Leaving Manual Translation Behind

Case study featured image Huawei | Phrase

Known to consumers worldwide primarily for its smartphones, readers might be surprised to learn that Huawei was founded all the way back in 1987. Today, Huawei’s offerings include devices like smartphones, tablets, and wireless routers, as well as enterprise-grade networking hardware and services. The Huawei Mobile Services are provided by Aspiegel SE, a wholly-owned Huawei subsidiary.

Stats & facts

Huawei EU by the numbers

translation memory leverage
reduction in turnaround times


Modernizing an outdated workflow

The approach that Aspiegel SE and Huawei Europe first took to localization resembled many other companies’ initial strategies: Everything was translated by hand in Word documents and Excel spreadsheets. Unsurprisingly, the company soon realized that this time-consuming process wouldn’t scale well as it continued expanding to new markets. To address the issue, Sergio Llorens González, who manages Huawei’s Multilingual Center in Dublin, and his counterpart in Warsaw, Lena Hasiuk, began looking for a translation management system (TMS) that could meet the company’s needs.

Besides doing away with the need to translate files manually in Word and Excel, Aspiegel and Huawei Europe wanted a flexible TMS, capable of accommodating various workflows. For instance, while teams of several translators and reviewers handle the translations for high-volume languages, some other languages are handled entirely by a single translator. The content to be translated includes both legal copy and marketing copy, and requirements for the structure of output files can vary from one project to the next.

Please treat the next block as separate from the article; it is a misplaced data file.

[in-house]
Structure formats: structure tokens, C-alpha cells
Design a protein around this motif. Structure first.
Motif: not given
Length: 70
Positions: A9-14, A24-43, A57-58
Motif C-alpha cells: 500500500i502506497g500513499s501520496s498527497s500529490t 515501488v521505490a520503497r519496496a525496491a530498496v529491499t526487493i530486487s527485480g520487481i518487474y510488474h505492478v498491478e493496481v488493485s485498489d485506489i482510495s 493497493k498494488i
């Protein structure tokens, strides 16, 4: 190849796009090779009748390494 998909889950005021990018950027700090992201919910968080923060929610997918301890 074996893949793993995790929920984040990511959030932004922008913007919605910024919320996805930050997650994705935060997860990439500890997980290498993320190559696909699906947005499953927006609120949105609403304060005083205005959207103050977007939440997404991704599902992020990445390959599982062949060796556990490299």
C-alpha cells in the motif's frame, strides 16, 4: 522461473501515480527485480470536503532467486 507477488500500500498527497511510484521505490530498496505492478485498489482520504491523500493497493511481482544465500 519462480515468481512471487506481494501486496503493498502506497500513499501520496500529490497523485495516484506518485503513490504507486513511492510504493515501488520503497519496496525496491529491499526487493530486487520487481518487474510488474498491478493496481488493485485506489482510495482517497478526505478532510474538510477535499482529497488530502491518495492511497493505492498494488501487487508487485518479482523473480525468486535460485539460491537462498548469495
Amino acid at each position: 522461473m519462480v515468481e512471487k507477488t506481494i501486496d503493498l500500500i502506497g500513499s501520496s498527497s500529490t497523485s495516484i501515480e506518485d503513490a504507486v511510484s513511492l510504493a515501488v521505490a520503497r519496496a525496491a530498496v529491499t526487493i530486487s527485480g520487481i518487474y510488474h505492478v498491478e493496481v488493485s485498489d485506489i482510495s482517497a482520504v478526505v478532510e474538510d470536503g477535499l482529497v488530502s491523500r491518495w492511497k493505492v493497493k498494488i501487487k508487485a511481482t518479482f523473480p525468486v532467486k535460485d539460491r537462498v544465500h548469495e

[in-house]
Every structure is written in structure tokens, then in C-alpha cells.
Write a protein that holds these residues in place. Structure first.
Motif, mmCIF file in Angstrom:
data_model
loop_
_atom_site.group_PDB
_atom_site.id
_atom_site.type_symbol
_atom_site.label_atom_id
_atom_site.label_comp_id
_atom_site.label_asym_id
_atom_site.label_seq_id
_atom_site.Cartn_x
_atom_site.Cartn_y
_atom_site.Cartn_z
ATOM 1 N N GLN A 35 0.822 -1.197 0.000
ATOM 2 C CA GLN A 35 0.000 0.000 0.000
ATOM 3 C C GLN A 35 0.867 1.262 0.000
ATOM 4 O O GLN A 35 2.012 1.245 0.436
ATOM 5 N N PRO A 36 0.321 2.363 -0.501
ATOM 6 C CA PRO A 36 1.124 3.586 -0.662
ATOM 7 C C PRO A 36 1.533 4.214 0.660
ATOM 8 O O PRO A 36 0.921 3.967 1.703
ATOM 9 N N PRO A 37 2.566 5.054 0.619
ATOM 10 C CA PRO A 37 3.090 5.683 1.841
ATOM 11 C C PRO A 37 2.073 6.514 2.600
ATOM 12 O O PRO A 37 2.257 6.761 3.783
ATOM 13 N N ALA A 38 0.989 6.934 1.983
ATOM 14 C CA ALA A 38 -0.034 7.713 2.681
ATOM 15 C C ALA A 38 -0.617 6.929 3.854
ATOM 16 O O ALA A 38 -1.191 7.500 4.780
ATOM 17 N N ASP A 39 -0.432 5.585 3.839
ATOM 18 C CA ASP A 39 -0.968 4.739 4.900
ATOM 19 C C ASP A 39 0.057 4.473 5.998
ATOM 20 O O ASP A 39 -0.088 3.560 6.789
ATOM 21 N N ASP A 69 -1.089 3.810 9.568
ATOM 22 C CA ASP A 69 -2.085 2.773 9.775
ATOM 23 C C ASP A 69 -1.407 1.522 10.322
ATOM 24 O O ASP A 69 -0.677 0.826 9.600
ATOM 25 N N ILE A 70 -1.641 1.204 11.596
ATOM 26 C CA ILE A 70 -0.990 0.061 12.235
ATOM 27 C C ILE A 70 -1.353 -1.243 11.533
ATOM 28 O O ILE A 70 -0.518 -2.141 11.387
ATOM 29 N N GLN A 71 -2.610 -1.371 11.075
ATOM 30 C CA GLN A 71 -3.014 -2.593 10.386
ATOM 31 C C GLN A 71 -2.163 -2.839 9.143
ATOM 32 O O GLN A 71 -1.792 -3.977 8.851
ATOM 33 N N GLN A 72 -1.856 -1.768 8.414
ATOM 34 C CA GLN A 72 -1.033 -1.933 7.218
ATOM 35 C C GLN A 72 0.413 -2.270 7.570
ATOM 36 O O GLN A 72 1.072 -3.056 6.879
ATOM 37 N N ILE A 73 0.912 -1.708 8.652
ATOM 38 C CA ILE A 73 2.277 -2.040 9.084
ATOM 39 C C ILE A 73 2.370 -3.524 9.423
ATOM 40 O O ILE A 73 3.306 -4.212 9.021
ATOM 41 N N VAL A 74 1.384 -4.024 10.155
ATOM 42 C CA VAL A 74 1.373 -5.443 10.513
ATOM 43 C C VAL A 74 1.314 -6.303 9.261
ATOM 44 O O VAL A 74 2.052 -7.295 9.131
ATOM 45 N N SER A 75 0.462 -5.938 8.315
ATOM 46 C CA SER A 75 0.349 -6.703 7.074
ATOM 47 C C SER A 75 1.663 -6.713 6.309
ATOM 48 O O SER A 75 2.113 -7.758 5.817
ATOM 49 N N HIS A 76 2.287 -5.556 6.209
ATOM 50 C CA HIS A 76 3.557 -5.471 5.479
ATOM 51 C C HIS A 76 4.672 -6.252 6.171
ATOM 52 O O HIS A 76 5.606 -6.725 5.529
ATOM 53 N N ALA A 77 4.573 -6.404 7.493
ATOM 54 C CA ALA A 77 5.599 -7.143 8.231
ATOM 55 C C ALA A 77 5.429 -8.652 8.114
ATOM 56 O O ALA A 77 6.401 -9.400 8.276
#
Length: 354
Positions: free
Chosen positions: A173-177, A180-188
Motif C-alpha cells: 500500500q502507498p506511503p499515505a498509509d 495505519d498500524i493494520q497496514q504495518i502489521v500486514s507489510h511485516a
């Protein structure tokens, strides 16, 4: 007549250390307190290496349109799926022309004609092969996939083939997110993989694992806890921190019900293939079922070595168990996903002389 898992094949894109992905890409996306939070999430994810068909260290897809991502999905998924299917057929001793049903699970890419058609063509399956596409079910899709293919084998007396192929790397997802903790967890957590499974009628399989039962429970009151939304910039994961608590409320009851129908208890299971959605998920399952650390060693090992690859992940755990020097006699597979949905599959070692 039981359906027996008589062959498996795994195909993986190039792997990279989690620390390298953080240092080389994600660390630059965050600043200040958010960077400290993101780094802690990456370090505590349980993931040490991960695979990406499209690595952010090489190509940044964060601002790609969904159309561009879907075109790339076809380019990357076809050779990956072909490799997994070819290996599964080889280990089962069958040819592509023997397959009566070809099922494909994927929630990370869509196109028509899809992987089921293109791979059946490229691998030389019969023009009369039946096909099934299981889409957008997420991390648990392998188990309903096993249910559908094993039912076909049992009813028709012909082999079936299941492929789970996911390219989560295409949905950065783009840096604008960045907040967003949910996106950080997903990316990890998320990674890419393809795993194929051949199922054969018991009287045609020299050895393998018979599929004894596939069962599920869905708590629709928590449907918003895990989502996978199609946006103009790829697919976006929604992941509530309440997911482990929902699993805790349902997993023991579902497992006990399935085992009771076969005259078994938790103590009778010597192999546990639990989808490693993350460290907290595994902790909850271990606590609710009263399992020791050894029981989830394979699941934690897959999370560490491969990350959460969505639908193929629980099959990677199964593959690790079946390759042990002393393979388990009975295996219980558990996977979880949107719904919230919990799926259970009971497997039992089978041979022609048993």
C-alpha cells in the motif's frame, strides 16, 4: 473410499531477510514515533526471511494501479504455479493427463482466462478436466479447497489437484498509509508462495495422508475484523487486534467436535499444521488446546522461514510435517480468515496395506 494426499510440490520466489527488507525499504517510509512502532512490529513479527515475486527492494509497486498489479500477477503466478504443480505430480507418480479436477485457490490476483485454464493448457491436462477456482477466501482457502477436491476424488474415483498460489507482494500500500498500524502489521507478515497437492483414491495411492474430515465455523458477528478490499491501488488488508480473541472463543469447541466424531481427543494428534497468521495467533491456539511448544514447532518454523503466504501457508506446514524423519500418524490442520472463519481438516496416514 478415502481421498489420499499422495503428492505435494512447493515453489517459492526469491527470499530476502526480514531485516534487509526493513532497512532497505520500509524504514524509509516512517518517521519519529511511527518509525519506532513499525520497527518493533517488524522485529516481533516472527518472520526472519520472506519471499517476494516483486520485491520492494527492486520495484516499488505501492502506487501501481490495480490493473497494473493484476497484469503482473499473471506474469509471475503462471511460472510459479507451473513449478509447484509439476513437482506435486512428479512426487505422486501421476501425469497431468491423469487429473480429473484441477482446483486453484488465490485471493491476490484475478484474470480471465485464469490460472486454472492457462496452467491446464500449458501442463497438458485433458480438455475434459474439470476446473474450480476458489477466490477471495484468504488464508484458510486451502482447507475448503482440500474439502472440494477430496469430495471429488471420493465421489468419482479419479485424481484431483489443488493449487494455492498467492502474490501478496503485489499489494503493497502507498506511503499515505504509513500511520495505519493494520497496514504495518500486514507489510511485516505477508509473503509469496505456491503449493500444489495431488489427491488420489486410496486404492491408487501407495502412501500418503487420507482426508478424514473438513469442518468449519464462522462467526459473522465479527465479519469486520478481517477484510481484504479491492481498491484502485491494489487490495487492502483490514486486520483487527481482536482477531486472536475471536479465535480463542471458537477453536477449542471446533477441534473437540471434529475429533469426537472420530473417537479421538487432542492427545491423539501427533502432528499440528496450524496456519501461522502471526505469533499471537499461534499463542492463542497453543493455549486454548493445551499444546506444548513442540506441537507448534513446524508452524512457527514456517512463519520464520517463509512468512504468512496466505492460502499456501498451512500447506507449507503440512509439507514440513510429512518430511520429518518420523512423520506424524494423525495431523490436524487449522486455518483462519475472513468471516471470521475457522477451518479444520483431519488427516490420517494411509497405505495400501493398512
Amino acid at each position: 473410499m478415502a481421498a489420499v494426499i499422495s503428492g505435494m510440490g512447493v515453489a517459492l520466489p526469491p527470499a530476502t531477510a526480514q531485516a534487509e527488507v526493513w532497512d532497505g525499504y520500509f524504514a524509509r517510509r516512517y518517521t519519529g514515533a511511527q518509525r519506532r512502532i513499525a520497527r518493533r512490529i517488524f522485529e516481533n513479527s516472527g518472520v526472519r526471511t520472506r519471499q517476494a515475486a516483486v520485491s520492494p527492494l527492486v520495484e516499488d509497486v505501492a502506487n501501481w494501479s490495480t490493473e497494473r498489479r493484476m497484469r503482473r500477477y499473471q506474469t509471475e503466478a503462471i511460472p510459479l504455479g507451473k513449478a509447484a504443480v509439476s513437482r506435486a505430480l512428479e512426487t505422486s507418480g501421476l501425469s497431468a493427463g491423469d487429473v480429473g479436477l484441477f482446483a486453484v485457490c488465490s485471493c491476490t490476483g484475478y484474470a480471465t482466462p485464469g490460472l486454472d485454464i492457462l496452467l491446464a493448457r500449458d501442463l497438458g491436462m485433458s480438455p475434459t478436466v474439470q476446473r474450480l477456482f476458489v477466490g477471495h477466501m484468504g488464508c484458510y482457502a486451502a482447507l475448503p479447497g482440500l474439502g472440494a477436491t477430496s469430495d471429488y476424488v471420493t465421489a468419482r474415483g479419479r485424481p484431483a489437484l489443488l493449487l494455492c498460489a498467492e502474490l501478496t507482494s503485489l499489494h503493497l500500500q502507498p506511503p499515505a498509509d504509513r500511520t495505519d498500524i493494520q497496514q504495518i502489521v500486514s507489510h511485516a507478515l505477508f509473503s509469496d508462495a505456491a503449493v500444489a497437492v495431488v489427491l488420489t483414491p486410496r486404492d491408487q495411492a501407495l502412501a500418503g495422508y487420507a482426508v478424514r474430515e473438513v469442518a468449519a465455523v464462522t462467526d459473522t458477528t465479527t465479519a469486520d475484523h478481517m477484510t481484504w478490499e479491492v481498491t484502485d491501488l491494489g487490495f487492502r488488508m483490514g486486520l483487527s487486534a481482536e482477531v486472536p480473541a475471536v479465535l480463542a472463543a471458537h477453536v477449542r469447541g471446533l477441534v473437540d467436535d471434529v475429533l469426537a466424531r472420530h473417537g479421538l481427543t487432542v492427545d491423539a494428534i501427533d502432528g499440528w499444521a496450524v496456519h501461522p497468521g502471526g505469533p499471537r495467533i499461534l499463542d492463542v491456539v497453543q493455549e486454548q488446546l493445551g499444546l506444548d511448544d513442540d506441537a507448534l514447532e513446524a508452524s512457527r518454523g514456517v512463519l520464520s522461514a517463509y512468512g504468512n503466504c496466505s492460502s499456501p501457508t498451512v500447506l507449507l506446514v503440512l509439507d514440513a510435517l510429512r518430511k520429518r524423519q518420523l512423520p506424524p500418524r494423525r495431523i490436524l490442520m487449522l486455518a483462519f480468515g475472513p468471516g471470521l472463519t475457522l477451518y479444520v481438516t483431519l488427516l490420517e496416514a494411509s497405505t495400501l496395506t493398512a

Unlike many tech companies, Aspiegel and Huawei Europe also handle all localization work in-house, instead of outsourcing it to an agency. Because of this, Sergio and Lena set off to find a TMS to which their existing localization staff could transition quickly and easily, with features suitable for internal use.


Phrase TMS—rich in features, quick to learn

After comparing and attending live demo sessions of other TMS solutions, they settled on Phrase TMS. They discovered that Phrase TMS had all the features they were looking for and then some; for example, while their old approach to localization didn’t involve machine translation (MT), it has begun using MT since switching to Phrase TMS.

Remarkably, Aspiegel and Huawei Europe were able to transition from its manual localization process to Phrase TMS in under a month, despite the pressure of ongoing projects. Pausing to train localization staff on how to use Phrase TMS wasn’t an option, but that didn’t matter—everyone was able to learn the software as they worked, including users who had never used a CAT tool before.

Starting to use Phrase TMS was like switching from riding a bicycle to driving a car.
We were able to reduce our turnaround time for translations by 80%.

Sergio Llorens González

Localization Manager


Leveraging machine translation for faster turnaround times

Since it left manual translation behind in favor of Phrase TMS, Aspiegel and Huawei Europe have drastically improved the efficiency of their localization process. The most astonishing improvement the company noticed was in translations of terms and conditions: Today, their localization staff are able to leverage translation memory matches for about 80% of the text in these documents, with a corresponding 80% reduction in turnaround times.

By nature, marketing copy isn’t as recyclable as legal copy, so the company has begun using machine translation to improve efficiency in this area. The company’s translators and reviewers find it helpful to have machine-translated text available as a reference, and using MT has improved the efficiency of their workflow for marketing translations by about 30%. To minimize the number of unhelpful machine translations that translators must discard, Aspiegel and Huawei Europe have also increased the MT quality threshold in Phrase TMS.

As Aspiegel and Huawei Europe have expanded, so has its localization team, which has grown from about 20 translators to 50. Lena Hasiuk and Sergio Llorens González, who initially selected Phrase TMS from among other TMSs, have since been joined by Anna Gawrońska, a business operations specialist who now leads the company’s localization efforts. Gawrońska is particularly impressed by Phrase TMS’s support team, which she describes as a “big highlight” of working with Phrase TMS. “They are very quick and provide answers with multiple options,” she explains. “It seems we are not only working with a support team, but with people who actually use Phrase TMS.”

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